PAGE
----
Meijer Brothers, Visitation Altarpiece
18th or 19th century
High relief in center, paintings on outer panels
Church of the Visitation ("Maria Heimsuchung"), Meersburg, Germany
The scene is not typical of Visitation images. First, it is set in an interior; almost all Visitations are set either at Elizabeth's door or at the gate of her city. Second, Elizabeth rarely kneels to Mary in Visitations. Most importantly, Mary is pictured as praying, with her hands extended and her face turned up to Heaven. Clearly, she is praying the Magnificat, the canticle in Luke 1:46-55.
The male bystander would appear at first to be St. Anthony Abbot, because of the tau-topped staff and the long beard. But there is no pig, his usual attribute, so one could argue that he is Zachariah, Elizabeth's husband and the man of the house. It is Zachariah who spoke the other canticle recorded in Luke 1 (verses 68-79). Each of the two canticles in Luke 1 is recited daily in the Divine Office (Marquess I, 28, 180). If the man is indeed Zachariah the staff would simply be a reminder that he and his wife were of advanced age, as is noted in Luke 1:18.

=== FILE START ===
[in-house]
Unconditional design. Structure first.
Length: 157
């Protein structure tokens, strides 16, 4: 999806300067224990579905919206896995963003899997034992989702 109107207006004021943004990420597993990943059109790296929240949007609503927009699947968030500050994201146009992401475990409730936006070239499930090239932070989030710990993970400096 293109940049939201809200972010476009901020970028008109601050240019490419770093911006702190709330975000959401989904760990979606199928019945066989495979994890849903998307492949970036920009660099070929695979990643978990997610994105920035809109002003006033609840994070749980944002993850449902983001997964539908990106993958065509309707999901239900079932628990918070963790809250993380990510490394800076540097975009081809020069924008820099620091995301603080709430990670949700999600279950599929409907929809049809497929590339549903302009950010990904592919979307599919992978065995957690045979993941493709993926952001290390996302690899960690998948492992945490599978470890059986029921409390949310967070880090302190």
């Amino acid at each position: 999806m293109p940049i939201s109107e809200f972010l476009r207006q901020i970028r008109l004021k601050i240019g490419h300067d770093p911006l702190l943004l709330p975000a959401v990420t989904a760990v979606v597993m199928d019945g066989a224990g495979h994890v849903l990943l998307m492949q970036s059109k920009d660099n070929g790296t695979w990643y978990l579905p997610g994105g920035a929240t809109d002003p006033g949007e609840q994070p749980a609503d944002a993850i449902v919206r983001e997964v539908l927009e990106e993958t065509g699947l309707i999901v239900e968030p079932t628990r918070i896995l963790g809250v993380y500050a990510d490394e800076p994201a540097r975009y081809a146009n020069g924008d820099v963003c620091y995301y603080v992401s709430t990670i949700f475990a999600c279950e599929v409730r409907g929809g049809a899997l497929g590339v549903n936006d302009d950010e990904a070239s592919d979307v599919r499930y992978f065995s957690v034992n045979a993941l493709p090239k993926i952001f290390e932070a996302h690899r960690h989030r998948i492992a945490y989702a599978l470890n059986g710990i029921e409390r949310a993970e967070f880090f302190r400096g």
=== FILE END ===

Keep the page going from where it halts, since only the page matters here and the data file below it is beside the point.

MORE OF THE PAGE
Angels are rare in Visitation images, but may have been deemed appropriate in this image focusing on the canticle.
St. Agnes is pictured in the right panel with her attributes, lilies and a lamb. Lilies also figure as an attribute of St. Aloysius Gonzaga, the saint in the left panel.
The Agnes panel is signed Gebr. Meiger Uberlingen, "Meijer Brothers, Überlingen." Überlingen is in southern Germany, not far from Meersburg. Aloysius Gonzaga was not canonized until 1726, so the painting's date is most likely after that year.
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View a detail of St. Agnes.
Read more about images of the Visitation and of St. Agnes and St. Aloysius Gonzaga.
Photographed at the church by Richard Stracke, shared under Attribution-NonCommercial-ShareAlike license.